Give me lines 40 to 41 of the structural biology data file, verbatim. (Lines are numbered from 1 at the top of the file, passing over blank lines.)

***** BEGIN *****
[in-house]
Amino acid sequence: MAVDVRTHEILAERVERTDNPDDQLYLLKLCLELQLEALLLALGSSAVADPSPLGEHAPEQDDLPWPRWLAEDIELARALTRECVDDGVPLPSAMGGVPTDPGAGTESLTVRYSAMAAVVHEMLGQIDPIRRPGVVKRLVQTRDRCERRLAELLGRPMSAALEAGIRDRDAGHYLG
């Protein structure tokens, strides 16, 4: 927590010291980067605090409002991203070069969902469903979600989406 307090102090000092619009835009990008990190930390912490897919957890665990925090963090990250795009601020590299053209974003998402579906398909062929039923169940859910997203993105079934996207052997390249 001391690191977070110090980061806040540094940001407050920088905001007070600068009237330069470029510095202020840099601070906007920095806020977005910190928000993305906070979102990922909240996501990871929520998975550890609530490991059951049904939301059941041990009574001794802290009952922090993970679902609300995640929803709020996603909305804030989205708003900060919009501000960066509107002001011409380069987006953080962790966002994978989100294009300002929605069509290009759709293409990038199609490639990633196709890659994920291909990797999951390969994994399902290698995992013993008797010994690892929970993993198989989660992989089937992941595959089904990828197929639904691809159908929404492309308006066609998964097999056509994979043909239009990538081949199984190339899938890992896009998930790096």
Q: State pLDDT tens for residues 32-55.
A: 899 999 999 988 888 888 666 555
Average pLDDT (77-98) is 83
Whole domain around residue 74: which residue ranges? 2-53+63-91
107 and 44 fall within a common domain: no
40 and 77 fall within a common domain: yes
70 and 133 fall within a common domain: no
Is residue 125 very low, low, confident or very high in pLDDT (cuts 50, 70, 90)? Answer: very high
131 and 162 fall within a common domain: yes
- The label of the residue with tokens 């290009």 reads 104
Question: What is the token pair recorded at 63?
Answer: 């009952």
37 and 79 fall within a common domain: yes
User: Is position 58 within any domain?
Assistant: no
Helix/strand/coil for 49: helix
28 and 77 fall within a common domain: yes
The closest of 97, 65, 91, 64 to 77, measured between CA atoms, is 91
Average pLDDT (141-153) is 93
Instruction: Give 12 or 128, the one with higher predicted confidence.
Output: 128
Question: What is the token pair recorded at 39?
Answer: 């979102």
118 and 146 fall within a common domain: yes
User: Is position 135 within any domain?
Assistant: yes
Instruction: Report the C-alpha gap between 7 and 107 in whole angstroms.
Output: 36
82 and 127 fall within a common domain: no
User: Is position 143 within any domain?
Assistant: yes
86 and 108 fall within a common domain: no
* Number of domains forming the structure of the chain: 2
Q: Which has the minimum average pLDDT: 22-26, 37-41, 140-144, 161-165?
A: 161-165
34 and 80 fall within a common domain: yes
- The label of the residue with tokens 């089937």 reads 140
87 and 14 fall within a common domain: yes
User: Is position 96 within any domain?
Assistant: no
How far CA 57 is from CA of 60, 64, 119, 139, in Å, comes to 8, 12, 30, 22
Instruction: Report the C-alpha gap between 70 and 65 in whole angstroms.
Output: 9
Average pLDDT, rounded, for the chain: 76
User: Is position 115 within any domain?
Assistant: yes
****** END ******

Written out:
- The label of the residue with tokens 């089937």 reads 140
87 and 14 fall within a common domain: yes